While in the developed world the incidence of CVD is stabilizing or decreasing and prognosis is improving, incidence is increasing in the developing world. These differences in the global epidemiological profile of CVD may be due to diverse geographical, environmental, demographic, socioeconomic, and ethnic characteristics. One of the explanations for these differences is that the populations of developing countries are more prone to develop cardiovascular and metabolic diseases at lower levels of AO as a result of shorter exposure times to the new lifestyles associated with modernization. The shorter the exposure time, the less adapted the population and the greater the risk of an inflammatory imbalance at lower levels of AO. Ethnic differences in insulin resistance and cardiometabolic disease risk have been described and it has been proposed that these may be the result of differences in circulating adipokines and inflammatory markers associated with ethnic variations in obesity and body fat distribution. In United States (US) significant ethnic differences in adiponectin has been reported, compared with white Americans, African-American men and women, Japanese-American women, and native Hawaiian women have significantly lower levels. Another study conducted in healthy Canadian Aboriginal, Chinese, European, and South Asian adults found that South Asians had the greatest insulin resistance, followed by Aboriginals, Chinese, and Europeans. Plasma adiponectin concentrations were lower in Chinese and South Asians than in Aboriginals and Europeans, and adiponectin was inversely associated with insulin resistance. The authors concluded that ethnic-specific differences in adiponectin may account for the differences in insulin resistance. It was observed that plasma adiponectin concentrations were lower for both Greenlandic Inuit boys and girls, who have a more adverse metabolic profile, than for Danish children. The differences remained after adjustment for body fat percentage, aerobic fitness, age, and puberty. However, in a large study conducted in the United States there were no significant racial or ethnic differences in circulating concentrations of adiponectin, even when adjusted for age, sex, and body composition. This result contrasts with a previous study in adults that reported that circulating concentrations of adiponectin were lower in South Asians even after adjusting for age, sex, and BMI. To explain these contrasting results, it is interesting to consider the proposal that fetal undernutrition produces poor development of structural units such as nephrons, cardiomyocytes, and beta pancreatic cells. These adaptations during fetal programming produce a negative effect in adulthood if food is more abundant in the postnatal period. Nutritional deficiencies during fetal programming through epigenetic mechanisms could affect the expression of genes that result in decreased synthesis of adiponectin. Although it is difficult to establish consistent regional differences, there appear to be considerable differences between developed and developing countries. In Latin America, a Brazilian study reported adiponectin values of 7.11 mg/mL, and we reported concentrations of 5.93 mg/mL in Colombia. In Australian women with metabolic syndrome, however, the values were 13.7 mg/mL, whereas in Indonesian women with metabolic syndrome, the values were much lower (4.9 mg/mL). In US decreased adiponectin concentrations were found in Latino compared with non-Latino white patients with CVD risk and were independent of BMI and other factors known to affect adiponectin and seemed to account for the increased insulin resistance observed in this group. These findings in Latinosare similar to those from studies of adiponectin in other minority ethnic/racial groups in that adiponectin is lower in minority groups than than in white populations. Regional differences in adiponectin values may have an important role in the susceptibility of certain populations to CVD. However, there is a paucity of data to support this, and more research is required.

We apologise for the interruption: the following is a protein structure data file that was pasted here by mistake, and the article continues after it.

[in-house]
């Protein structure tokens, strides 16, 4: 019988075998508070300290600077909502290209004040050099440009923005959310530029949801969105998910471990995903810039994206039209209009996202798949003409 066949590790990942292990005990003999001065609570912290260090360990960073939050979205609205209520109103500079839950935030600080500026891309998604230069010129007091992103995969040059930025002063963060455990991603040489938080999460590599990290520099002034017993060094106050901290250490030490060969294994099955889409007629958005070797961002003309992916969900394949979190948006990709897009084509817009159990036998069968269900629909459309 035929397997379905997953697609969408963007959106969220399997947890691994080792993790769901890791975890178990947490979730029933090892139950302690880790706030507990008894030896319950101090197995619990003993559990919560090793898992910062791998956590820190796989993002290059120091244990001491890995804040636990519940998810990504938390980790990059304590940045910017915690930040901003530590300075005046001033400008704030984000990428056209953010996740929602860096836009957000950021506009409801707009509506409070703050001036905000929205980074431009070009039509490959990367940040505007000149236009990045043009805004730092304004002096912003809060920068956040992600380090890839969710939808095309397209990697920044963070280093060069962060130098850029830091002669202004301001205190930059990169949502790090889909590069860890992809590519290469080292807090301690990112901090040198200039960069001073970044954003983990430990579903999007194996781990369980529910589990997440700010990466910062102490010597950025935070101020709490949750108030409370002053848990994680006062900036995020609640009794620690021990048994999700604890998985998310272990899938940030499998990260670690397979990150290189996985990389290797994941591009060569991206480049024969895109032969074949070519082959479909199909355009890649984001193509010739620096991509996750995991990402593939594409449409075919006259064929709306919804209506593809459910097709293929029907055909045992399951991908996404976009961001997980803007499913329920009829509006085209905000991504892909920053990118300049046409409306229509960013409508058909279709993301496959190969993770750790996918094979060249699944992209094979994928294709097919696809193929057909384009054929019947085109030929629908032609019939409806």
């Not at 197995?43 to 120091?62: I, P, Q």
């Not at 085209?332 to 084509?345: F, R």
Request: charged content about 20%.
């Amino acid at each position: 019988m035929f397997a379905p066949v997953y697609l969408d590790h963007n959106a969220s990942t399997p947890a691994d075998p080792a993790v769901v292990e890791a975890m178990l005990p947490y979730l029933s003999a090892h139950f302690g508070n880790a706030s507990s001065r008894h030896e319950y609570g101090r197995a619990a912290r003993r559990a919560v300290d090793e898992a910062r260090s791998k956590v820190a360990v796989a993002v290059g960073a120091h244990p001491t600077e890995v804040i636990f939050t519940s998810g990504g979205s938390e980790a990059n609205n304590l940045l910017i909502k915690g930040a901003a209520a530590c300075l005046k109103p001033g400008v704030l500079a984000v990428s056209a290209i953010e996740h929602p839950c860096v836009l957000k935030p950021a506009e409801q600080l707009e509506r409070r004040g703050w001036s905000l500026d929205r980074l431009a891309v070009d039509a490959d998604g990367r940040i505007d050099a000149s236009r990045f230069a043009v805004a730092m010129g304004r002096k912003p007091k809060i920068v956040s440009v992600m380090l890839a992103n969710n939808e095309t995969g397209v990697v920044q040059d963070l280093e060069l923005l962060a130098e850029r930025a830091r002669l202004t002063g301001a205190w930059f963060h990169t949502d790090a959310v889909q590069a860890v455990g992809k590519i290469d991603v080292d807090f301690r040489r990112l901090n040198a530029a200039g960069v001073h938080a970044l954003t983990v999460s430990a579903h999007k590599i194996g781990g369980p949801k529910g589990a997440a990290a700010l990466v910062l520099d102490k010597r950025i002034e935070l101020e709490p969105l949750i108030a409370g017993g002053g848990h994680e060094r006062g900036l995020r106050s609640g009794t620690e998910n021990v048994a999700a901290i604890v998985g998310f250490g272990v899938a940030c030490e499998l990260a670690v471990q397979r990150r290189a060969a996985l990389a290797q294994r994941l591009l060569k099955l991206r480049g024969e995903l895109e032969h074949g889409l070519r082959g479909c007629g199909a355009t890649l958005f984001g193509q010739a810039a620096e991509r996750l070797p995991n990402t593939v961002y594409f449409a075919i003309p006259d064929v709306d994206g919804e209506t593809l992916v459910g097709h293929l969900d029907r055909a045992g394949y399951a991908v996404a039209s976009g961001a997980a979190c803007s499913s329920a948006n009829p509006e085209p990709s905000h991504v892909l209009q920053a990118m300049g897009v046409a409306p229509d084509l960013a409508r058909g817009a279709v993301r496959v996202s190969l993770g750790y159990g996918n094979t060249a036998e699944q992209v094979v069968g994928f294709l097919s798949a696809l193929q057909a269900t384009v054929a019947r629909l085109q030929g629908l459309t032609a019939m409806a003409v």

Foscal, Udes and Latin America Society of Hypertension (LASH), Colombia